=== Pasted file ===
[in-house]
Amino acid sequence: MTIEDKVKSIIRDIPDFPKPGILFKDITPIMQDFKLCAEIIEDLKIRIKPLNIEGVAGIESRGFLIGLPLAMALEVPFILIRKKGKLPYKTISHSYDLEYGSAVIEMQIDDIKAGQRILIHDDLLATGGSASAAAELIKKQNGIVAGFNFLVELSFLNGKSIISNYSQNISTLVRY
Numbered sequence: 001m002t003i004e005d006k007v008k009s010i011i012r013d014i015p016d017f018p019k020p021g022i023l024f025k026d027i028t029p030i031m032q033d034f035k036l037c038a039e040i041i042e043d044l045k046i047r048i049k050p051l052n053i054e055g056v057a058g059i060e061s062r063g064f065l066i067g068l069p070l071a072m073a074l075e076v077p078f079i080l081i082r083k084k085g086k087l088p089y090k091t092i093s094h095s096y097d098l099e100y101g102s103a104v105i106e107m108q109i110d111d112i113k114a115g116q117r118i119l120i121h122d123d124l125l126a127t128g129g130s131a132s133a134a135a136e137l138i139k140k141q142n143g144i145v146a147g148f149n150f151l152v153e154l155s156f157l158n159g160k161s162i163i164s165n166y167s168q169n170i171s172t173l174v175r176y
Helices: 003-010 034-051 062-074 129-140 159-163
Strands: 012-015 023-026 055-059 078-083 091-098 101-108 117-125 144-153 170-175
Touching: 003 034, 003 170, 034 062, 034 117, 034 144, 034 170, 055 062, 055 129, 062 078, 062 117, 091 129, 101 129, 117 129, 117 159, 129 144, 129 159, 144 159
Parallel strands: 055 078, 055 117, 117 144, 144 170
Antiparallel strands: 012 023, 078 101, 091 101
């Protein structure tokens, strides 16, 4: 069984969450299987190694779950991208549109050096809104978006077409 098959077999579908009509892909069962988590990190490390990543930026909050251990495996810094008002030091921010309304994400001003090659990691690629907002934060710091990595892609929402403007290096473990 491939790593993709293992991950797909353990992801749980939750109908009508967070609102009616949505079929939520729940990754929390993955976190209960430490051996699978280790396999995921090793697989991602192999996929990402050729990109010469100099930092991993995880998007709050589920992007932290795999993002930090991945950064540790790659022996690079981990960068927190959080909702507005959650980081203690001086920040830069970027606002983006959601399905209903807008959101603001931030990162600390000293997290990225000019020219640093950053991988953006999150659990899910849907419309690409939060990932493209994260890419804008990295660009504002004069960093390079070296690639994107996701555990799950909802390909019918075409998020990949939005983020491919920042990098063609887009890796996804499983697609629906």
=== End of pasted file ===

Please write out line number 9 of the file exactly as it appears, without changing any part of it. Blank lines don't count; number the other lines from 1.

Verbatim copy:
């Protein structure tokens, strides 16, 4: 069984969450299987190694779950991208549109050096809104978006077409 098959077999579908009509892909069962988590990190490390990543930026909050251990495996810094008002030091921010309304994400001003090659990691690629907002934060710091990595892609929402403007290096473990 491939790593993709293992991950797909353990992801749980939750109908009508967070609102009616949505079929939520729940990754929390993955976190209960430490051996699978280790396999995921090793697989991602192999996929990402050729990109010469100099930092991993995880998007709050589920992007932290795999993002930090991945950064540790790659022996690079981990960068927190959080909702507005959650980081203690001086920040830069970027606002983006959601399905209903807008959101603001931030990162600390000293997290990225000019020219640093950053991988953006999150659990899910849907419309690409939060990932493209994260890419804008990295660009504002004069960093390079070296690639994107996701555990799950909802390909019918075409998020990949939005983020491919920042990098063609887009890796996804499983697609629906």